It appears that the People’s Bank of China (PBOC) is gradually setting the stage for the digital Renminbi by piloting a restriction on large amounts of cash transactions across three different regions in the country.
China may have been researching digital currency since 2014; however, it has undeniably accelerated its efforts in the recent few months to push for its launch, following a wake-up call from Facebook’s proposed stablecoin project Libra.
Which is why, the Chinese President Xi Jinping’s surprising yet unsettling support for blockchain, and its media abruptly raising awareness regarding Bitcoin, a currency that has no legal status in the country, probably add up to the government is setting the stage for its much-awaited digital Renminbi.
China makes way for digital Renminbi
In the same spirit, China is now gradually moving towards a cashless economy, paving the way for the mass adoption of its digital currency. On 14th November 2019, local media outlet Xinhuanet reported that PBOC is likely to carry out an extensive cash management trial across the country that could last up to two years. The countrywide examination will take place in stages, with three distinct provinces, Hebei Province, Zhejiang Province, and Shenzhen City taking the lead.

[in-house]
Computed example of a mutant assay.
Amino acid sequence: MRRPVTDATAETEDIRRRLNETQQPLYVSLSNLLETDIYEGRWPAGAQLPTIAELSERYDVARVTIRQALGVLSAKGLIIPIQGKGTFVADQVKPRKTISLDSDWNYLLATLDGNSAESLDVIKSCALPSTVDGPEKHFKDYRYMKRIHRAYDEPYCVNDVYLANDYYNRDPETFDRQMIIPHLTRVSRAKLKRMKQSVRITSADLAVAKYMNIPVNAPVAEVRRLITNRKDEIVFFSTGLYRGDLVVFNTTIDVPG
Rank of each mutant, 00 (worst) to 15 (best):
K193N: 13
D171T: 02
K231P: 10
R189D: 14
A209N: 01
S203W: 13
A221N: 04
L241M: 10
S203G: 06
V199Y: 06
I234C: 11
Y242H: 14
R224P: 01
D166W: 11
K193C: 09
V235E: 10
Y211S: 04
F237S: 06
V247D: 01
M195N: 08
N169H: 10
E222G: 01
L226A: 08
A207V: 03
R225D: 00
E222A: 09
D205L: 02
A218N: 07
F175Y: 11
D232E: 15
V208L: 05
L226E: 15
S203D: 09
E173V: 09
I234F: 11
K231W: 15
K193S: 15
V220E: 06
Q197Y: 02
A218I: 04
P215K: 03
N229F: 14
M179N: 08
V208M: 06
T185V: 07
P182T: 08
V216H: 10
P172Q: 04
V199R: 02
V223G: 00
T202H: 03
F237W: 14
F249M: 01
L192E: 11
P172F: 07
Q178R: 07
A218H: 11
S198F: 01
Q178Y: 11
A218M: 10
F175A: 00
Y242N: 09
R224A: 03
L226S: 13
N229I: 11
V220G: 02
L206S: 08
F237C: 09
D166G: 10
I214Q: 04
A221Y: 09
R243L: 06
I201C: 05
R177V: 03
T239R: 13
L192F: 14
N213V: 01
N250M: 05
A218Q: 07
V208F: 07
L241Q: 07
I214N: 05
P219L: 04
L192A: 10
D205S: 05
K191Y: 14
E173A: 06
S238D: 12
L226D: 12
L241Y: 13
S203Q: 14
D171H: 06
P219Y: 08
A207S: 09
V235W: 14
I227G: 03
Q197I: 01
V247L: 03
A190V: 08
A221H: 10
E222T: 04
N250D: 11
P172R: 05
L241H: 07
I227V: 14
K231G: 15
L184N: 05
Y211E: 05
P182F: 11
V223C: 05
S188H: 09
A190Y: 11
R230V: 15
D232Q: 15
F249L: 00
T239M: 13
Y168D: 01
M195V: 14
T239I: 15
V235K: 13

In the official statement, PBOC justifies the move by saying that large cash transactions often serve as a medium for illegal activities such as money laundering, tax evasion, weapons sourcing, and corruption.
As a result, limitations on cash withdrawals or deposits in business accounts with an amount equal to or more than five hundred thousand yuan ($71000), personal account restrictions from one hundred thousand yuan ($14000) to three hundred thousand yuan ($43000), based on the province, will be imposed.
China goes increasingly cashless
Reportedly, PBOC is also planning to strengthen its grip on specific sectors by limiting large-value cash transactions. While doing so, the real estate industry in Xingtai City, the medical industry records of Qinhuangdao City, any apparent large cash withdrawals, and automobile sales enterprises in Zhejiang Province will come under the direct radar.
The comprehensive cash management strategy is essentially aimed at more significant control of risks associated with cash transactions and gets a more in-depth insight into current consumer trends and behaviors, all that will be necessary to facilitate a seamless transition to a cashless economy, PBOC confirmed.
And while the introduction of cash transaction restrictions does seem to lay the foundation for the upcoming digital Renminbi token, a senior official from PBOC recently quashed the rumors of China launching a war on cash by rolling out a digital currency. He confirmed that the initiative merely complements the paper yuan and efficiently addresses its shortfalls.
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